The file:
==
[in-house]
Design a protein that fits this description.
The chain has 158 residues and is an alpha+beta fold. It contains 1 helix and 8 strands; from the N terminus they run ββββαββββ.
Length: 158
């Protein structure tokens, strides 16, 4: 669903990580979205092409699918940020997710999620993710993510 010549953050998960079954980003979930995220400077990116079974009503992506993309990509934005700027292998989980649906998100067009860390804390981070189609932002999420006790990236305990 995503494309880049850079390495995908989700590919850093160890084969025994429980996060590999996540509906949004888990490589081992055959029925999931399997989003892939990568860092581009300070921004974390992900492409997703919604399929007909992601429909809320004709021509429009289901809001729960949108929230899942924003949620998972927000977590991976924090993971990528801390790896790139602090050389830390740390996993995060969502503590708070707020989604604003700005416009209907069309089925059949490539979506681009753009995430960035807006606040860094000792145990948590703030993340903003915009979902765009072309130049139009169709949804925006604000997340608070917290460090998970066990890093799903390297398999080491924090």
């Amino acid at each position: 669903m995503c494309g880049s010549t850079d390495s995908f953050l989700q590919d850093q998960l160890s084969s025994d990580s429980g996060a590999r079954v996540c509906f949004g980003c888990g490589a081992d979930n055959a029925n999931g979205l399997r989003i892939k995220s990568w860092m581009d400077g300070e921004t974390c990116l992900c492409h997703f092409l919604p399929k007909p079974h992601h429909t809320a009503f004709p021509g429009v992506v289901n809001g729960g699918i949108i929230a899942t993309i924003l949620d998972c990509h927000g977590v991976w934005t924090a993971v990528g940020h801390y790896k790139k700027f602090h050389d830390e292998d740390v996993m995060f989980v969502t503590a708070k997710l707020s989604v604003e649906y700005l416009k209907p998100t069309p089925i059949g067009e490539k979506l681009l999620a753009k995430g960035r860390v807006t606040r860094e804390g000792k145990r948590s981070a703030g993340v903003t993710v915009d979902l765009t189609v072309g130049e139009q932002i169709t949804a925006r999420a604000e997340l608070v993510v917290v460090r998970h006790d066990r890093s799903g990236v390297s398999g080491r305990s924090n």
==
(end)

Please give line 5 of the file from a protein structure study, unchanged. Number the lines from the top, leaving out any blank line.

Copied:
């Protein structure tokens, strides 16, 4: 669903990580979205092409699918940020997710999620993710993510 010549953050998960079954980003979930995220400077990116079974009503992506993309990509934005700027292998989980649906998100067009860390804390981070189609932002999420006790990236305990 995503494309880049850079390495995908989700590919850093160890084969025994429980996060590999996540509906949004888990490589081992055959029925999931399997989003892939990568860092581009300070921004974390992900492409997703919604399929007909992601429909809320004709021509429009289901809001729960949108929230899942924003949620998972927000977590991976924090993971990528801390790896790139602090050389830390740390996993995060969502503590708070707020989604604003700005416009209907069309089925059949490539979506681009753009995430960035807006606040860094000792145990948590703030993340903003915009979902765009072309130049139009169709949804925006604000997340608070917290460090998970066990890093799903390297398999080491924090």